The Dallas Mavericks go into Game Four down 2-1 in the Finals due to the total disappearance of their previously magic shooting touch.

The Mavs made the Finals because in every series up to this point they have had great team efforts, with strong contributions from the starters and the bench. In the Finals however, both of those have disappeared.

Shawn Marion and Dirk Nowitzki are the only Dallas starters to have reached double digits in every game of the series, and the bench has not been contributing at the level that Dallas requires to have a chance at winning the title.

During the regular season the Mavs' bench led the league in scoring at around 40 points a game and was pivotal in getting Dallas to the Finals. Through the first three games of the Finals that scoring average has dropped to just 21.6 points as the bench has had difficulty scoring against an athletic and tenacious Miami defense.

The lack of a dominant inside presence - Tyson Chandler is a great post defender but his offense is somewhat lacking and Nowitzki is basically a perimeter player - means that the Mavericks rely on ball movement and jump shooting to score. Miami's speed and excellent defensive schemes, for which Coach Erik Spoelstra should receive credit, have been giving the Mavs' shooters fits.

Most notable is the disappearance of former Sixth Man of the Year, and icy-veined fourth-quarter sharpshooter, Jason Terry. For the series, the veteran guard is just three-of-12 in fourth quarters and hasn't converted one shot in seven attempts in Dallas's two losses. The drop-off in production from the Mavericks' second-leading scorer and bench sparkplug has put the team in a difficult position going into Game 4 tonight.

The loss of Caron Butler to a knee injury has allowed LeBron James to guard Terry in late-game situations, and the speed and length of the 6'8 James has hindered Terry's ability to get open looks at the hoop.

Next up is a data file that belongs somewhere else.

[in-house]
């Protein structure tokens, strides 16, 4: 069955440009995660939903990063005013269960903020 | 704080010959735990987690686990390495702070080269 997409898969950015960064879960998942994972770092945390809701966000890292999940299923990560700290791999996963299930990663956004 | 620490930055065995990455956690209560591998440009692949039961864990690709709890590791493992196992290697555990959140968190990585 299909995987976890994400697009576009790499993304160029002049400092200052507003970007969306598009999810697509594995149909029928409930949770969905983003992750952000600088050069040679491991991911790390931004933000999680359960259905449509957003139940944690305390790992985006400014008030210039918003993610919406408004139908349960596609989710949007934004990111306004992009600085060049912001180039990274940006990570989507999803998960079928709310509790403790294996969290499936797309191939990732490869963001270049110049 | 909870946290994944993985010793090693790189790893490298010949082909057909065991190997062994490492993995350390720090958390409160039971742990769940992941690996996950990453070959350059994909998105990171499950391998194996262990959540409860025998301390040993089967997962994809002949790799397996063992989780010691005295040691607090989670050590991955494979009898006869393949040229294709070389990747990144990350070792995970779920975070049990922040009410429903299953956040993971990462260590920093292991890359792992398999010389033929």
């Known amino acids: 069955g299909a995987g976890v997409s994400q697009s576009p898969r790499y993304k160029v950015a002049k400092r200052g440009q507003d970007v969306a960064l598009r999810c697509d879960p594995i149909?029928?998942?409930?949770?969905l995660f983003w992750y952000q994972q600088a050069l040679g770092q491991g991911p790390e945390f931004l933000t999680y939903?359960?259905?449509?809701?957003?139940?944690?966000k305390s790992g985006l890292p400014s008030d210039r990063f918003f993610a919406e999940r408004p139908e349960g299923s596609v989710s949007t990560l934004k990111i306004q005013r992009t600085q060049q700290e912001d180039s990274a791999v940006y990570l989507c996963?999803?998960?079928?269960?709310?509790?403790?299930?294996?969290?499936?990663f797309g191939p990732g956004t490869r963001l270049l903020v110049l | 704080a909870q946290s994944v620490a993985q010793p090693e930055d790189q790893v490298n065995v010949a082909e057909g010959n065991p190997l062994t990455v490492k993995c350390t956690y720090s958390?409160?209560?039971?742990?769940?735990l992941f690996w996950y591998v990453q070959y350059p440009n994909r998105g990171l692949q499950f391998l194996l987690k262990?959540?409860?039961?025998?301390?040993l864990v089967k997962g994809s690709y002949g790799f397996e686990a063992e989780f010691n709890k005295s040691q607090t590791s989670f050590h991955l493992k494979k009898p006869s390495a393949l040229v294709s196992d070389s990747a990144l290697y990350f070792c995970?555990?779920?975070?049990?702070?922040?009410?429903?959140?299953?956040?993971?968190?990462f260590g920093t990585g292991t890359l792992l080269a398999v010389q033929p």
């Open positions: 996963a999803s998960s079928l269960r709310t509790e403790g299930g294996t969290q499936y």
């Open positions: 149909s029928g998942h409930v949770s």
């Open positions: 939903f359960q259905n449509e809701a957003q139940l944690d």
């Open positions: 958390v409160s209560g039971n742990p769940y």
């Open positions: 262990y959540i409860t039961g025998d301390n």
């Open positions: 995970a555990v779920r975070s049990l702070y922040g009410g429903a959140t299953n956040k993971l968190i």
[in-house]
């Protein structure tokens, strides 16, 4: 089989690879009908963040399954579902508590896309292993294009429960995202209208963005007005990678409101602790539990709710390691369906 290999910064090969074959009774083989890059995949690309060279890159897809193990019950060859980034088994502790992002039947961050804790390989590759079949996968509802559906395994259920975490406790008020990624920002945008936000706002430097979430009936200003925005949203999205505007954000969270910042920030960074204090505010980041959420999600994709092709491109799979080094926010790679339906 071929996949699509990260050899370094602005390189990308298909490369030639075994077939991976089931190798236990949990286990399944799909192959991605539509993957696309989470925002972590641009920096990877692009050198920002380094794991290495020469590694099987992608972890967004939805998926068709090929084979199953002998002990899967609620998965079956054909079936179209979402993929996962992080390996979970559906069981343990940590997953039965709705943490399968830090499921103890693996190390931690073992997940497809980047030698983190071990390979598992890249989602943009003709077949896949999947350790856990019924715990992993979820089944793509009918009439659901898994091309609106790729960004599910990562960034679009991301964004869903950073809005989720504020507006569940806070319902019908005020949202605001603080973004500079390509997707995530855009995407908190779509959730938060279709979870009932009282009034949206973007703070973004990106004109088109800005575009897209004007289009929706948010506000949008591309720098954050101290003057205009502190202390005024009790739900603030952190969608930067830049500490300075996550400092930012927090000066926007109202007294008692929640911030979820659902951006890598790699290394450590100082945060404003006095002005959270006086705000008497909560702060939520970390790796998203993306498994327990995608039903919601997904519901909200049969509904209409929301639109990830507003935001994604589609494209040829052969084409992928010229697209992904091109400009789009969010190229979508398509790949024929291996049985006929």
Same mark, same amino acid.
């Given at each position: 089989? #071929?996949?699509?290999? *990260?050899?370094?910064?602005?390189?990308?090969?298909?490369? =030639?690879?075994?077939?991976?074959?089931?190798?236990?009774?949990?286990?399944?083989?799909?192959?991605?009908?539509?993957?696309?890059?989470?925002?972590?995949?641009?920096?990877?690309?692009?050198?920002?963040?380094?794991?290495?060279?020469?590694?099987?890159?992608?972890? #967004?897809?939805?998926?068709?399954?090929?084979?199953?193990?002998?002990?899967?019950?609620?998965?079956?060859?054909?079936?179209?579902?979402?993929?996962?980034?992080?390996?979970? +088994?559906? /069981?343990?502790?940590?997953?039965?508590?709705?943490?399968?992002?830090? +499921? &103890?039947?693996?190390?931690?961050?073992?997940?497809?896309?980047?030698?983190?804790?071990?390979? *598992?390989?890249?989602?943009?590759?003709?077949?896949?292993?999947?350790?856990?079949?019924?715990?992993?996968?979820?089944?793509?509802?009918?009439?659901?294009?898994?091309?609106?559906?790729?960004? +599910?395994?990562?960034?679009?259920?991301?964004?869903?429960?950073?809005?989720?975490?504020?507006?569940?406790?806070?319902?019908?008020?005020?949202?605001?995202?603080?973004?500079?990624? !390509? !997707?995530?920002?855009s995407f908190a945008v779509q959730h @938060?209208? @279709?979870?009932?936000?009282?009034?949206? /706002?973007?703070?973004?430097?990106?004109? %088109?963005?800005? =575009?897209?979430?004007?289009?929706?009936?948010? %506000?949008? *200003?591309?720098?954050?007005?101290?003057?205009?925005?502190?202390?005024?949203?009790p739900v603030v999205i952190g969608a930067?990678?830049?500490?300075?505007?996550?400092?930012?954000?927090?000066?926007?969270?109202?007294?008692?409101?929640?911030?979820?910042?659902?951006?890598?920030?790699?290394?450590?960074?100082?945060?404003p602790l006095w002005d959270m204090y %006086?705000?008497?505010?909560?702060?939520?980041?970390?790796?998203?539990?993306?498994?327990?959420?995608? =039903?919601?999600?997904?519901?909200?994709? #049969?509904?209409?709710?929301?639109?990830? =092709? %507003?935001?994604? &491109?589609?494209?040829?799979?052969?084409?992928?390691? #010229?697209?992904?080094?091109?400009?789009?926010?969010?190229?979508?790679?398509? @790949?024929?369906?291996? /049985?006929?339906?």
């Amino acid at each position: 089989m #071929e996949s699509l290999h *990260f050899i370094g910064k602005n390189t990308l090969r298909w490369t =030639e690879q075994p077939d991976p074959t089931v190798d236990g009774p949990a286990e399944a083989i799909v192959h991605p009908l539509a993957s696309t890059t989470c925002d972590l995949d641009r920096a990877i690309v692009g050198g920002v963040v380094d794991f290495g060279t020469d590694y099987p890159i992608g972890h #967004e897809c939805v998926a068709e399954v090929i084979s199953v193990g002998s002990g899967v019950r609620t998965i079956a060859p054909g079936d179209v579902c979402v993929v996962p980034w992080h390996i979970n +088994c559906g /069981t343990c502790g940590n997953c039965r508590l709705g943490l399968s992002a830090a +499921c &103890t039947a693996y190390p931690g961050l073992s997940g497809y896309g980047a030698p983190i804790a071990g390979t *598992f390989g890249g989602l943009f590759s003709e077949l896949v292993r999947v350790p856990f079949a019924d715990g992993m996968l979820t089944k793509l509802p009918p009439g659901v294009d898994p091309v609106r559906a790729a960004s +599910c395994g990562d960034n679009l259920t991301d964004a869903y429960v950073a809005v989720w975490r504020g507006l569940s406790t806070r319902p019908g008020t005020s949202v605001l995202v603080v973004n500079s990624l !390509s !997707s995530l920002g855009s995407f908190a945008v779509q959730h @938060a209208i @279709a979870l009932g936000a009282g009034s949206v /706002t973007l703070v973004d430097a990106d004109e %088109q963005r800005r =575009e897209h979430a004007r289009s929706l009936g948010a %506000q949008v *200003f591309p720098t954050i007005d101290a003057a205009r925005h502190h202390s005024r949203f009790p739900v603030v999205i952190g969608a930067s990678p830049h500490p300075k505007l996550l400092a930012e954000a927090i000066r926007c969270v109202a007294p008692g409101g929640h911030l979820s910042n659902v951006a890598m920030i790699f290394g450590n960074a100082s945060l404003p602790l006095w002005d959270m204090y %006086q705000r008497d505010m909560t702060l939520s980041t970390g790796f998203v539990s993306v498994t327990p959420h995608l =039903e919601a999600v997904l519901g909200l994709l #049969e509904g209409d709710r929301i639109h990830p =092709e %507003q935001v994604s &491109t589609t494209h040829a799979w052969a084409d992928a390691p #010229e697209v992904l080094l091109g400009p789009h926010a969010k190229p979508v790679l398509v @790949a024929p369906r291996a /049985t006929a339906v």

Terry isn't the only player struggling with his shot. Stojakovic, whose hot three-point shooting helped Dallas sweep the Lakers, has been almost completely ineffective in the Finals. He has scored only two total points in the entire series, converting only one-of-five shots.

In the first and second rounds, Stojakovic averaged more than 20 minutes a game, and more than 16 against Oklahoma City in the Conference Finals. But his recent struggles have forced coach Rick Carlisle to change his substitution patterns in an attempt to find some scoring punch elsewhere.

Small-guard Jose Barea, who was electric against the Lakers and Thunder, has also faded in the face of Miami's athletic defense. His scoring is down more than seven points from those series, from over 11 points per game to four points per game, and his shooting in the Finals has been abysmal. Barea's shooting average was higher than 47 percent in each of the previous two series, but has dropped to under 22 percent and he is only one-of-eight from beyond the arc against the Heat.

For a team that has relied heavily on its bench to come this far, the drop in scoring and overall production from key bench players is troubling.

Unlike the Heat, the Mavericks cannot count on one or two players to carry the bulk of the scoring load. In the Game Three loss, Nowitzki scored 34 points, while the rest of the starters combined for just 27.

For the Mavericks to have a chance to extend this series, and possibly win a title, the entire team must step up and give Nowitzki the scoring help he so desperately needs.